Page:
The Deposit Diaries: No dispute – so return the money

This case concerns a ‘dispute’ over the standard of cleanliness of the property at the start and end of a tenancy – however, the dispute ultimately arose due to the agent’s failure to return the undisputed element of the deposit to the tenant.

The landlord was claiming for a professional end of tenancy deep clean.

The tenants disputed the amount of the cleaning claim as they were of the view that they should not have to pay the full cost of a professional deep clean, as the check-out report recorded that the property had been cleaned to a professional standard, but with various cleaning omissions.

The tenants accepted that they were responsible for a certain amount of cleaning at the end of the tenancy in order to return the property to the same professional standard of cleanliness as at the start of the tenancy, however agreement could not be reached as to the amount of their contribution.

During negotiations to settle the dispute, despite requests by the tenants for the return of the undisputed amount of the deposit, it was retained – in the tenants’ view, as leverage as part and parcel of the negotiations to reach agreement for the claim for cleaning.

So, what are the key points here?

Any undisputed deposit amount (after discussion and agreement with the landlord) must be returned to the tenants within ten days of their request for it to be returned.

It should not be retained to persuade a tenant to settle proposed deductions.

In this case, it was clear that had the agent returned the undisputed deposit, which represented in excess of 75% of the deposit total, to the tenants expediently, the tenants would have been inclined to have reached agreement in relation to the cleaning claim.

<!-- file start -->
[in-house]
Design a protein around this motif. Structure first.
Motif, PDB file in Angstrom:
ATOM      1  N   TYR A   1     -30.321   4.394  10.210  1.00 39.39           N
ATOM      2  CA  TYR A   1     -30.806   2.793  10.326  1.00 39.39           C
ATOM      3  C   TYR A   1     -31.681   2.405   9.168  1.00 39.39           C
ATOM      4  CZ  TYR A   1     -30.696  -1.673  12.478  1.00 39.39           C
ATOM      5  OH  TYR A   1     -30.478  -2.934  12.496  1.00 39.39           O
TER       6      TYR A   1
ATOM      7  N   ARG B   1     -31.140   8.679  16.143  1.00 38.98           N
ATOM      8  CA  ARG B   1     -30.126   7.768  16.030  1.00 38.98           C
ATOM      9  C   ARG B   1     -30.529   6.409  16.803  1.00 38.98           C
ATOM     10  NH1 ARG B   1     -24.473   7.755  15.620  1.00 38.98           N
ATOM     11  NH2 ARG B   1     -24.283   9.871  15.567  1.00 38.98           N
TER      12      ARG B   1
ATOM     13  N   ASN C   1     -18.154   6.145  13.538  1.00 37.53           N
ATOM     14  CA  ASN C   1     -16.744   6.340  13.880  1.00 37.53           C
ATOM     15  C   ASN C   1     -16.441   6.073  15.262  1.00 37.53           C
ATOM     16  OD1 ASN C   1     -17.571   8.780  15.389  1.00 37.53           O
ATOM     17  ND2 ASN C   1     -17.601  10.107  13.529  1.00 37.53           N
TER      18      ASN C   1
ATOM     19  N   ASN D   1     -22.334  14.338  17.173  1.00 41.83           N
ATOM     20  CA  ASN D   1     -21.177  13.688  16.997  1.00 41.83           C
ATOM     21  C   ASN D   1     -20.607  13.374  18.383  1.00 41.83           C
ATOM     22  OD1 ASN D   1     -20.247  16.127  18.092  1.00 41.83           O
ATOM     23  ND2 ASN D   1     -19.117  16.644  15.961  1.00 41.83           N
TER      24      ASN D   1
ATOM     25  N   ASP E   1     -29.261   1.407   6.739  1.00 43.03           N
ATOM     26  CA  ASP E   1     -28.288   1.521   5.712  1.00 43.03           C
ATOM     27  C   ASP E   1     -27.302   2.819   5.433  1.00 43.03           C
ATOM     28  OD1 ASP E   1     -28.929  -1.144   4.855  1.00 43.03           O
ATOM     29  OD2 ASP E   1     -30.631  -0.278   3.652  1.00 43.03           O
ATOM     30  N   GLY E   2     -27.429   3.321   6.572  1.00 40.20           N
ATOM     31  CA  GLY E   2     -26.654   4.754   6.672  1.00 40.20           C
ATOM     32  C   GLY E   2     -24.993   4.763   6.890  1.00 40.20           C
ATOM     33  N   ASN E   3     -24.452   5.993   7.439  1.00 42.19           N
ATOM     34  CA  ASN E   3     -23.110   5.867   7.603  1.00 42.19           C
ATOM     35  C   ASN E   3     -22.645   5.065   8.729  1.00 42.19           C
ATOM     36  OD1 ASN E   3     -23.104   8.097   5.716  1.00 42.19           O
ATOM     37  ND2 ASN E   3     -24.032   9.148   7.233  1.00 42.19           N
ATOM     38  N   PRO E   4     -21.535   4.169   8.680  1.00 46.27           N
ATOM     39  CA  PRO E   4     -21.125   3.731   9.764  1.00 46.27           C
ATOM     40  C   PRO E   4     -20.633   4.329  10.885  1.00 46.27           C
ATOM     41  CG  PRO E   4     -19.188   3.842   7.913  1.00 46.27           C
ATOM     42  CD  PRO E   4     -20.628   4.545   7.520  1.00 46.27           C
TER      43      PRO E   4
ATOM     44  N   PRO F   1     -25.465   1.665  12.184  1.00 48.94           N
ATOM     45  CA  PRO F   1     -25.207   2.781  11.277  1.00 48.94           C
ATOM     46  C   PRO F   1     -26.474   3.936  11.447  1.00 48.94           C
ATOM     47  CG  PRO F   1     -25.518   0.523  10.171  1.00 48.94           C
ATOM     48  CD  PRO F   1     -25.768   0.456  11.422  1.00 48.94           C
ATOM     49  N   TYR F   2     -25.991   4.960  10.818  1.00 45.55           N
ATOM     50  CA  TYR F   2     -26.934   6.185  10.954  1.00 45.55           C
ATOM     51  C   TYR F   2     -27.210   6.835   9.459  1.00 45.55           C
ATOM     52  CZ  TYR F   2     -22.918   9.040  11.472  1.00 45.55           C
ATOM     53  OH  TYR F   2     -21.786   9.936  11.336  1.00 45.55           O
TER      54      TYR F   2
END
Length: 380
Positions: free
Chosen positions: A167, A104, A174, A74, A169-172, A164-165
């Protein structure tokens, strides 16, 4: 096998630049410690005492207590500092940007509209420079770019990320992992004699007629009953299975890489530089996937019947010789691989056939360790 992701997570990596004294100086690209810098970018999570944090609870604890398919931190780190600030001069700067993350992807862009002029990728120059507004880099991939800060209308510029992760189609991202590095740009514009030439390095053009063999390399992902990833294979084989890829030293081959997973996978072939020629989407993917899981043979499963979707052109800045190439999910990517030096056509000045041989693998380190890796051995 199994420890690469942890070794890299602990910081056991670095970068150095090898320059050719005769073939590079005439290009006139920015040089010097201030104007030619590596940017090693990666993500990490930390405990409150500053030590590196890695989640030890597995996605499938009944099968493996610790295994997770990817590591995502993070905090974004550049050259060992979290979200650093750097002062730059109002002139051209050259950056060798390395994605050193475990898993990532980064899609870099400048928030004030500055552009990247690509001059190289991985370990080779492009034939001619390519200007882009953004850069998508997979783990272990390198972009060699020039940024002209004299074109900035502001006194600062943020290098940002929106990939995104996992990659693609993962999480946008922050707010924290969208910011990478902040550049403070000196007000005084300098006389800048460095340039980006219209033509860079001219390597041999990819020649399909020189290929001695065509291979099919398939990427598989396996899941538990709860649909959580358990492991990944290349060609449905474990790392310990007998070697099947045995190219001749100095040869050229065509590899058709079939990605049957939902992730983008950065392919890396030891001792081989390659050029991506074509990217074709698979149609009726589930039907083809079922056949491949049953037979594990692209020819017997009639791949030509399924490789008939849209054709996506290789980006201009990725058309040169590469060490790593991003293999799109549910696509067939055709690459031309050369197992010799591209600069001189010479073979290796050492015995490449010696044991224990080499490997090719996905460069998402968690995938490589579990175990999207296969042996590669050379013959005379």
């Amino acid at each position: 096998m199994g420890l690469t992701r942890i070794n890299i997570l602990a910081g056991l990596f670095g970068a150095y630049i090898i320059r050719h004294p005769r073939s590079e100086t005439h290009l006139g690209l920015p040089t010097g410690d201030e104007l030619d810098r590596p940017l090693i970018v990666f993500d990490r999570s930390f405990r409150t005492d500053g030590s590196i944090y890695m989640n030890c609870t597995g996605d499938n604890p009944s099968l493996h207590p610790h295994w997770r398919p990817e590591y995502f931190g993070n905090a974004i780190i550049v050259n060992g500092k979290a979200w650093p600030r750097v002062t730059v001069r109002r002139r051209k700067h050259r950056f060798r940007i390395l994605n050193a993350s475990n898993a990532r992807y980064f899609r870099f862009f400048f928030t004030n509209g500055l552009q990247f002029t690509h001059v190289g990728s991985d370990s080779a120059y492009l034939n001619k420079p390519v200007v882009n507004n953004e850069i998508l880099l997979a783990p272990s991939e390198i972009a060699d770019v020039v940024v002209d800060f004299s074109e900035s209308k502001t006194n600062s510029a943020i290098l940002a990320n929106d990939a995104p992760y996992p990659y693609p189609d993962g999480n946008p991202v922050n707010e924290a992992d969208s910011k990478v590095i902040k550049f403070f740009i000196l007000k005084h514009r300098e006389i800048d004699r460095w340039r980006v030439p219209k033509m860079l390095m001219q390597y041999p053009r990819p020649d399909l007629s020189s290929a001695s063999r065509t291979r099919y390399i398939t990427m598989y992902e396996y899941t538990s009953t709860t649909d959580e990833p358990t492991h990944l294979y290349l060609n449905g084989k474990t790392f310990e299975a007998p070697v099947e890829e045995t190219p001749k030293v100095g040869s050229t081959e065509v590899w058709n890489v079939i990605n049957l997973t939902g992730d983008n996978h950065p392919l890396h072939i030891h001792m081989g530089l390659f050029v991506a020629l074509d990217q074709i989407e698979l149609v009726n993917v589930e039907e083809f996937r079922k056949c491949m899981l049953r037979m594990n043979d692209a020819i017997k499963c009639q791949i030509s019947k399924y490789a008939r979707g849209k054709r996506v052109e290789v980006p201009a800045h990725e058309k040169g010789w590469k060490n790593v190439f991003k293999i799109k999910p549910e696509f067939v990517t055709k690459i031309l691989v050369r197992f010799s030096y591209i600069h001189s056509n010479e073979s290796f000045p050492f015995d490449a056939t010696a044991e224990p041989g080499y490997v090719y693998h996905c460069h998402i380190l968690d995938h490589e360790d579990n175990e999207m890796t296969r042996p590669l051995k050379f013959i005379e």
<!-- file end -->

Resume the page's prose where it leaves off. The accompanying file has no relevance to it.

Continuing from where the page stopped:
This would have avoided the need for referral to Alternative Dispute Resolution.

From a tenant’s perspective, acceptance of the return of the undisputed deposit amount will not in itself be deemed to be acceptance of liability in relation to any proposed deduction.

* Sandy Bastin is head of adjudication services at TDS, an approved scheme for the protection of tenancy deposits


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  1. LetItGo

    is this a story?

  2. DASH94

    The way the DPS works now – you can’t easily return the undisputed portion.   It’s all lumped into one figure and you are offered either ‘agree or disagree’.


    Just when you’ve got used to it and start to think they can’t b*lls it up anymore, they make some more  ‘improvements’.

  3. GeorgeHammond78

    ‘So, what are the key points here?’ ………. er, the adjudicators take way too long to adjudicate!

  4. Woodentop

    Shouldn’t be involved in lettings if you don’t know deposit rules. Not rocket science.


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